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The Anxiety Diaries: Expanding The Comfort Zone

I recently left a new job because of how it was triggering my anxiety. That’s one thing we learn; anxiety – or whatever mental health issue ails us – can strike at any time and is often indiscriminate in its building affectations. There were so many little areas that heightened my already anxious and somewhat personality: the high cost of travel in-between gigs, personally purchasing items, and being trotted out for solo shows having no idea how to do them or what they entail. As I told a few people who helped me through this ordeal, I am more than willing to explore areas outside of my comfort zone – as an artist this is especially true – but also recgonizing that I need to do it on my own terms.

Enter Editorial Magazine. The Montreal-based work describes itself as “an independently run publication of art and fashion” that prints a new issue every quarter. Both the editor-in-chief and managing editor are ladies I went to high school. What does this have to do with my social anxiety you ask? I recently recieved on social media to attend the Toronto launch of their 18th issue. I was invited by another high school acquaintance who has a made a career as a photographer in Toronto. I had not seen any of these folks in over a decade.

I decided to go for a number of reasons. I could say hi to people from my past and try to “catch up”, I could new contacts and connections which could prove useful in my writing and theatrical work and have a better sense of community, and because I’m used to going to shows alone – predominantly music – it was not something completely out of the ordinary. As you can probably guess, I was a nervous wreck.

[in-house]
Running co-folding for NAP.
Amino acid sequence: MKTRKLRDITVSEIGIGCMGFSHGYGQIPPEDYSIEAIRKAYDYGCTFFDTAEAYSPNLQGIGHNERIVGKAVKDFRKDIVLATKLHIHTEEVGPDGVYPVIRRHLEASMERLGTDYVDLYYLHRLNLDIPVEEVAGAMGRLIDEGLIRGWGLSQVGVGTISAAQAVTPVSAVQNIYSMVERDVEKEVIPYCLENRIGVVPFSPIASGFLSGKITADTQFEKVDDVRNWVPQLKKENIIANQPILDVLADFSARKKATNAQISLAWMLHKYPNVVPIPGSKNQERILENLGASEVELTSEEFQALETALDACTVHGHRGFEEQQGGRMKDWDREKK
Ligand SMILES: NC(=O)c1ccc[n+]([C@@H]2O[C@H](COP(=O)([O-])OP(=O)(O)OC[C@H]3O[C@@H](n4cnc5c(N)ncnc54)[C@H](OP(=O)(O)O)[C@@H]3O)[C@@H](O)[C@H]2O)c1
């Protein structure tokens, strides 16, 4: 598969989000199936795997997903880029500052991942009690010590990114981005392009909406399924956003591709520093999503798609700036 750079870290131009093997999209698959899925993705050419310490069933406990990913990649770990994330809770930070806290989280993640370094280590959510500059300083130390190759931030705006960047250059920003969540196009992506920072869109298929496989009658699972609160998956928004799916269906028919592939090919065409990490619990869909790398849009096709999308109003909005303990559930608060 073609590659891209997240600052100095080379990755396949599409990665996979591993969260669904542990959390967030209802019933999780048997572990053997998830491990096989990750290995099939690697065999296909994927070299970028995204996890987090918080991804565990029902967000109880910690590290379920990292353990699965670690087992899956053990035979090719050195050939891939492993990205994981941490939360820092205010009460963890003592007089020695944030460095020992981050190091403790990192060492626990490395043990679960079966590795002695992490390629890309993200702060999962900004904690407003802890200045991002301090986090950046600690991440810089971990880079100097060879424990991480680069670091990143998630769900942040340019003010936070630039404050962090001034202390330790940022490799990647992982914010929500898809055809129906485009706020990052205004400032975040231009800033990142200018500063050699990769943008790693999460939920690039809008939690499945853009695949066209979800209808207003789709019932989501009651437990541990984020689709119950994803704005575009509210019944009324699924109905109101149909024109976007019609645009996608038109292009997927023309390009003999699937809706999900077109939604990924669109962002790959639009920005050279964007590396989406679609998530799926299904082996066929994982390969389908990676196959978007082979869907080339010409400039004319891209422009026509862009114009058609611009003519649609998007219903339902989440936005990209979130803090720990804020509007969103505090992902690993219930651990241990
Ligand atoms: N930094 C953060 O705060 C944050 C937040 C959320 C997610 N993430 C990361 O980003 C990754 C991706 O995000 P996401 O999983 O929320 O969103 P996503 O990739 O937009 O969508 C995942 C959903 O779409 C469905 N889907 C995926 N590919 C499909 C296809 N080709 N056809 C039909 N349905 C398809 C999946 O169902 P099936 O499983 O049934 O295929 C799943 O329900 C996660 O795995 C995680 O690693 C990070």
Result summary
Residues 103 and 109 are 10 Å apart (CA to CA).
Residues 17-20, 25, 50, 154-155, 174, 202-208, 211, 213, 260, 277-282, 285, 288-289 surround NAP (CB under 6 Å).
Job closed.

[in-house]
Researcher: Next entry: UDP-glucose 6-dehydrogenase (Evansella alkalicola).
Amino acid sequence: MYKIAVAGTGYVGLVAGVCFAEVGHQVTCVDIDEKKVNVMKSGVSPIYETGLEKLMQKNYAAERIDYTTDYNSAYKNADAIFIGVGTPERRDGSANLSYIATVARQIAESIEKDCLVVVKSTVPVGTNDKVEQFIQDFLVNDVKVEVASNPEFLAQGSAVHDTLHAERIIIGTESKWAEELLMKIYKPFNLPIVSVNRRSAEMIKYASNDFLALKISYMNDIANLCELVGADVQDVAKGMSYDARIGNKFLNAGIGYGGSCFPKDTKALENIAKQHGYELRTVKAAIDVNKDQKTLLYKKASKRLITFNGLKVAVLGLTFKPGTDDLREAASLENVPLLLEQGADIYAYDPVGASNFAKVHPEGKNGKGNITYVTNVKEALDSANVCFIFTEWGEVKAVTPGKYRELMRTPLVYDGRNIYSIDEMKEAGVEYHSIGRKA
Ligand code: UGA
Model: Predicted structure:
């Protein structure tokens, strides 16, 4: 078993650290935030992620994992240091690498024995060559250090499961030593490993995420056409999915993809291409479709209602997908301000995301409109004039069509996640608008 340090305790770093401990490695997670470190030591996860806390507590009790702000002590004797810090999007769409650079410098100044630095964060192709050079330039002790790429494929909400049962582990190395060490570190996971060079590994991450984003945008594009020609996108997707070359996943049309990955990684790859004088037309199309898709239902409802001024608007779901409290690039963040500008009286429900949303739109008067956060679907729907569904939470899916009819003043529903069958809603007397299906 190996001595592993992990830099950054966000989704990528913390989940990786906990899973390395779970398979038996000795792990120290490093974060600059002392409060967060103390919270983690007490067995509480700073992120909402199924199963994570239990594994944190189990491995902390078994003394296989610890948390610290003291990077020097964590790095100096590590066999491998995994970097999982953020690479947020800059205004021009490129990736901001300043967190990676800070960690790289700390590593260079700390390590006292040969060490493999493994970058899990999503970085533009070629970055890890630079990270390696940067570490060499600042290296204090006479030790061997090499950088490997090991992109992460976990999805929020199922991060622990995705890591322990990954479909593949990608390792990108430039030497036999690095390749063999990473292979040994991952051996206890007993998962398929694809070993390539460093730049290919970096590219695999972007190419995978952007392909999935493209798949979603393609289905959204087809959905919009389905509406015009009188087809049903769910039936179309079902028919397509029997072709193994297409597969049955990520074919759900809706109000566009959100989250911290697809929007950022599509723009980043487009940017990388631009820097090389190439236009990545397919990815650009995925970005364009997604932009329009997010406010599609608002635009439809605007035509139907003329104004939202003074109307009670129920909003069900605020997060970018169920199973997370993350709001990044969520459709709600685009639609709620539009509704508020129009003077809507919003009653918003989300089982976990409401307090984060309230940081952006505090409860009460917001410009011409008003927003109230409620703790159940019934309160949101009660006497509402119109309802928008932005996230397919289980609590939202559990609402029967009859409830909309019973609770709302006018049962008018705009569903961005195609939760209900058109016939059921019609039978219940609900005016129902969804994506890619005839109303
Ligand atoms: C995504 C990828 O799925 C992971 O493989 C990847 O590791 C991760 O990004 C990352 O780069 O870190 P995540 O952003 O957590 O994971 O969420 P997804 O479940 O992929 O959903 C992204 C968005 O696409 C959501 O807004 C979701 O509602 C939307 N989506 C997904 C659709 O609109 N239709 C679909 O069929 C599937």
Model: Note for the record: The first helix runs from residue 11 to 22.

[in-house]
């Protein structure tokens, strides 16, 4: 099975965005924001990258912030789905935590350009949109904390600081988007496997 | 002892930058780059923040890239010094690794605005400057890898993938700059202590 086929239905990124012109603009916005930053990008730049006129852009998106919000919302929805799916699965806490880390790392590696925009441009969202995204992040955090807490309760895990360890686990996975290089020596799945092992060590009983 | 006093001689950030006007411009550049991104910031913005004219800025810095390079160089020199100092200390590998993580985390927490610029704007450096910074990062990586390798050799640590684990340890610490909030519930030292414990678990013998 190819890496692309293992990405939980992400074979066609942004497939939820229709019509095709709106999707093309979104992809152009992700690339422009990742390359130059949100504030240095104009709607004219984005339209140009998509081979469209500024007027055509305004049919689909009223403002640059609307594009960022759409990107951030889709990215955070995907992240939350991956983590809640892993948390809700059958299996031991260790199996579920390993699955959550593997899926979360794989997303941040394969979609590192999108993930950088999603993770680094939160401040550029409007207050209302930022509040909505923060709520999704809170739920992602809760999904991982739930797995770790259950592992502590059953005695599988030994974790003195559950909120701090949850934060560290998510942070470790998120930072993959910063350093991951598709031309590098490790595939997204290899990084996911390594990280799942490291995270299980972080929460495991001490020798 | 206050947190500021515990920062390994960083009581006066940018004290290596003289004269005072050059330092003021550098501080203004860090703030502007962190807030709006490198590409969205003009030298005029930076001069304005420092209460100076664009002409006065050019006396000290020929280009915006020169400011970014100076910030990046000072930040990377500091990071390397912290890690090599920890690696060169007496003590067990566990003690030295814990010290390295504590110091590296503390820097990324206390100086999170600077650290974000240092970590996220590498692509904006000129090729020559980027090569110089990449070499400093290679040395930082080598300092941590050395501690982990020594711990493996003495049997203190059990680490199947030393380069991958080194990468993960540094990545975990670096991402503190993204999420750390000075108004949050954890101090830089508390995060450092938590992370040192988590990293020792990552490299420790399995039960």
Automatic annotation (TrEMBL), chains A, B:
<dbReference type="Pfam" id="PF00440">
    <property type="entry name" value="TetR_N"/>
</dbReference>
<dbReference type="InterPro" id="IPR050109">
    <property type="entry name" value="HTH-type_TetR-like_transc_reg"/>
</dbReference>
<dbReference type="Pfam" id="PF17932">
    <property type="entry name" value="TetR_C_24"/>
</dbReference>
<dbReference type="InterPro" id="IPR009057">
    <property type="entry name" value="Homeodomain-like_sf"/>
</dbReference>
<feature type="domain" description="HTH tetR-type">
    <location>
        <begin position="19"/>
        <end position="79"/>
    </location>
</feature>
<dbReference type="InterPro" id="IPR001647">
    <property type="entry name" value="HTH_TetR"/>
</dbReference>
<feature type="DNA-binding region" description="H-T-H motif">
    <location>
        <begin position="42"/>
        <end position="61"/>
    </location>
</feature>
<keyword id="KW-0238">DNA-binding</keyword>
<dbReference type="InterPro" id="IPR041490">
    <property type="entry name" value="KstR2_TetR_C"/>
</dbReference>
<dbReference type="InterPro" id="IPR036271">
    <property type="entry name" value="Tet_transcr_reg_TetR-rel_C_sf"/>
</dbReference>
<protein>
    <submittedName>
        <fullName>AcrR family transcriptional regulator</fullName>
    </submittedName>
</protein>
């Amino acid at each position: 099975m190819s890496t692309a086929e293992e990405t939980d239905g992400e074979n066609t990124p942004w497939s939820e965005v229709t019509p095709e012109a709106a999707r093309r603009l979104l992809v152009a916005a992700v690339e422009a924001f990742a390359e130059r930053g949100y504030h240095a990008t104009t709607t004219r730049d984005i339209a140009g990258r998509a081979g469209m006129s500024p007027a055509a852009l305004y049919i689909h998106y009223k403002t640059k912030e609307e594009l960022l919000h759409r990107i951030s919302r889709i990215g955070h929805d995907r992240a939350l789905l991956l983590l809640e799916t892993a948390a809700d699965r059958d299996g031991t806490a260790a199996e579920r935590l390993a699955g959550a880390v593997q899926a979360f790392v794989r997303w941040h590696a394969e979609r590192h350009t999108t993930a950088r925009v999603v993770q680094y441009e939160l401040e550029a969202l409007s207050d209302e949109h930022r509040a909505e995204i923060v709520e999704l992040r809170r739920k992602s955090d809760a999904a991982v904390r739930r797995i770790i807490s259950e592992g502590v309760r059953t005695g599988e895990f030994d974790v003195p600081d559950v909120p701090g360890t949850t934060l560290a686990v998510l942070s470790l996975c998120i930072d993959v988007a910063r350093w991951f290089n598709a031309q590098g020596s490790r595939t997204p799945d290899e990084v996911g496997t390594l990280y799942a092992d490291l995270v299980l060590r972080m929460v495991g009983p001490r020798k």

I had arrived about two hours after the event started due to work. I had not anticipated the event to have such a club-like atmosphere. By the time I set foot into Luanda house, most of the presentations seemed to be over and the party had transformed into a dance fest. Being at an event by yourself where you don’t know anybody can already be a nerve-wracking experience. Having social anxiety on top of that only amplifies what your mind is thinking. It is more than simply nerves, it is about magnified thoughts. Your brain is self-critical before your body has even done the thing it is self-criticizing. Interestingly enough, once my body experiences something new once, or finds itself in a new environment, every subsequent event in the space is generally okay.

My anxiety often renders itself as social awkwardness, which can garner a few bizarre looks from people. If it is in a bar or club setting, this often means turning to alcohol for help. This does not mean us anxiety-freaks are crazy alcoholics, rather having a beer or two is a calming mechanism that helps us relax our otherwise hyperactive synapses. This is par for the course.

I was two beers in before I was able to walk up and say hello to someone who had become a stranger since I graduated high school in 2006. Like 99% of all social meetings, it went perfectly fine, because of course it did. Given that she was the host of said, she quickly introduced me to whomever she was standing with before disappearing into the crowd, leaving me to return to being my awkward self coupled with even worse white boy dance moves. At least anxiety doesn’t change that.

That was my only social interaction of that event as I left a short while later, stopping at Tim Horton’s before catching an Uber home, not an uncomfortable experience. I guess I would look at it as an accomplishment. As my friend once told me “no matter how much you accomplish today, it is enough”. Yes. Yes it is.

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